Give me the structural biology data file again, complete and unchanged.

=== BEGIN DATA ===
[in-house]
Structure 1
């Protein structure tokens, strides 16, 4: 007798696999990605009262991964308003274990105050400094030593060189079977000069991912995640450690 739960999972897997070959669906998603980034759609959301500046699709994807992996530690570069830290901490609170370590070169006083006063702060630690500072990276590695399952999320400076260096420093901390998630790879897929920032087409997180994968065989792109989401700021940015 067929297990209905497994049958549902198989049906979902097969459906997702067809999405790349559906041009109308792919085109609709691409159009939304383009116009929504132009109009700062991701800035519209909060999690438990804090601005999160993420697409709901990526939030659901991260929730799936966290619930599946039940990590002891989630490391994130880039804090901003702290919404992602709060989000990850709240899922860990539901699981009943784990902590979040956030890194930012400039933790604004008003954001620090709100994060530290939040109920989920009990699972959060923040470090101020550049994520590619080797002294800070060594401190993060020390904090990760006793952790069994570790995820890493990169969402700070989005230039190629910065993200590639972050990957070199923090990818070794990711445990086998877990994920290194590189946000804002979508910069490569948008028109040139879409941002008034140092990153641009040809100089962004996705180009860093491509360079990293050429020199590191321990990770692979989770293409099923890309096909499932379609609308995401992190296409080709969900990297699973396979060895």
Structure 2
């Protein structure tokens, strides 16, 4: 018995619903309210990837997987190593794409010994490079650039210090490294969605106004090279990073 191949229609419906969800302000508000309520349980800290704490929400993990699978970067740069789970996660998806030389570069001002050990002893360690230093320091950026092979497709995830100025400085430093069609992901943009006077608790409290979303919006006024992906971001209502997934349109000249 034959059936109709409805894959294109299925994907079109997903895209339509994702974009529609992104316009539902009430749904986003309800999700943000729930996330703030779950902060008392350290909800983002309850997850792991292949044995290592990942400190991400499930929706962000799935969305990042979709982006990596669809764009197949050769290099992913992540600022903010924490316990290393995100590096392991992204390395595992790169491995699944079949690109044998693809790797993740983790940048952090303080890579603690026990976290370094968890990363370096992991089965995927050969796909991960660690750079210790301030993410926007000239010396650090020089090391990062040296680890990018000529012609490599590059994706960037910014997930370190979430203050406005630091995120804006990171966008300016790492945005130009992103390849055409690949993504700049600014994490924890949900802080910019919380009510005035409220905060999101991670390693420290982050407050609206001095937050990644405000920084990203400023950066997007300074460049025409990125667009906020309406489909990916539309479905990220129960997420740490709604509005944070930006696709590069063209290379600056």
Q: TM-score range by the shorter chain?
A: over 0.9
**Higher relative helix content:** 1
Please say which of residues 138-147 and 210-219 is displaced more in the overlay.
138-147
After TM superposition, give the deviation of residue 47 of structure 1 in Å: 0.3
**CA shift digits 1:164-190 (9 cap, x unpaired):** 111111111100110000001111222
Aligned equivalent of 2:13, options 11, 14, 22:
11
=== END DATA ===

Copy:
[in-house]
Structure 1
């Protein structure tokens, strides 16, 4: 007798696999990605009262991964308003274990105050400094030593060189079977000069991912995640450690 739960999972897997070959669906998603980034759609959301500046699709994807992996530690570069830290901490609170370590070169006083006063702060630690500072990276590695399952999320400076260096420093901390998630790879897929920032087409997180994968065989792109989401700021940015 067929297990209905497994049958549902198989049906979902097969459906997702067809999405790349559906041009109308792919085109609709691409159009939304383009116009929504132009109009700062991701800035519209909060999690438990804090601005999160993420697409709901990526939030659901991260929730799936966290619930599946039940990590002891989630490391994130880039804090901003702290919404992602709060989000990850709240899922860990539901699981009943784990902590979040956030890194930012400039933790604004008003954001620090709100994060530290939040109920989920009990699972959060923040470090101020550049994520590619080797002294800070060594401190993060020390904090990760006793952790069994570790995820890493990169969402700070989005230039190629910065993200590639972050990957070199923090990818070794990711445990086998877990994920290194590189946000804002979508910069490569948008028109040139879409941002008034140092990153641009040809100089962004996705180009860093491509360079990293050429020199590191321990990770692979989770293409099923890309096909499932379609609308995401992190296409080709969900990297699973396979060895």
Structure 2
């Protein structure tokens, strides 16, 4: 018995619903309210990837997987190593794409010994490079650039210090490294969605106004090279990073 191949229609419906969800302000508000309520349980800290704490929400993990699978970067740069789970996660998806030389570069001002050990002893360690230093320091950026092979497709995830100025400085430093069609992901943009006077608790409290979303919006006024992906971001209502997934349109000249 034959059936109709409805894959294109299925994907079109997903895209339509994702974009529609992104316009539902009430749904986003309800999700943000729930996330703030779950902060008392350290909800983002309850997850792991292949044995290592990942400190991400499930929706962000799935969305990042979709982006990596669809764009197949050769290099992913992540600022903010924490316990290393995100590096392991992204390395595992790169491995699944079949690109044998693809790797993740983790940048952090303080890579603690026990976290370094968890990363370096992991089965995927050969796909991960660690750079210790301030993410926007000239010396650090020089090391990062040296680890990018000529012609490599590059994706960037910014997930370190979430203050406005630091995120804006990171966008300016790492945005130009992103390849055409690949993504700049600014994490924890949900802080910019919380009510005035409220905060999101991670390693420290982050407050609206001095937050990644405000920084990203400023950066997007300074460049025409990125667009906020309406489909990916539309479905990220129960997420740490709604509005944070930006696709590069063209290379600056």
Q: TM-score range by the shorter chain?
A: over 0.9
**Higher relative helix content:** 1
Please say which of residues 138-147 and 210-219 is displaced more in the overlay.
138-147
After TM superposition, give the deviation of residue 47 of structure 1 in Å: 0.3
**CA shift digits 1:164-190 (9 cap, x unpaired):** 111111111100110000001111222
Aligned equivalent of 2:13, options 11, 14, 22:
11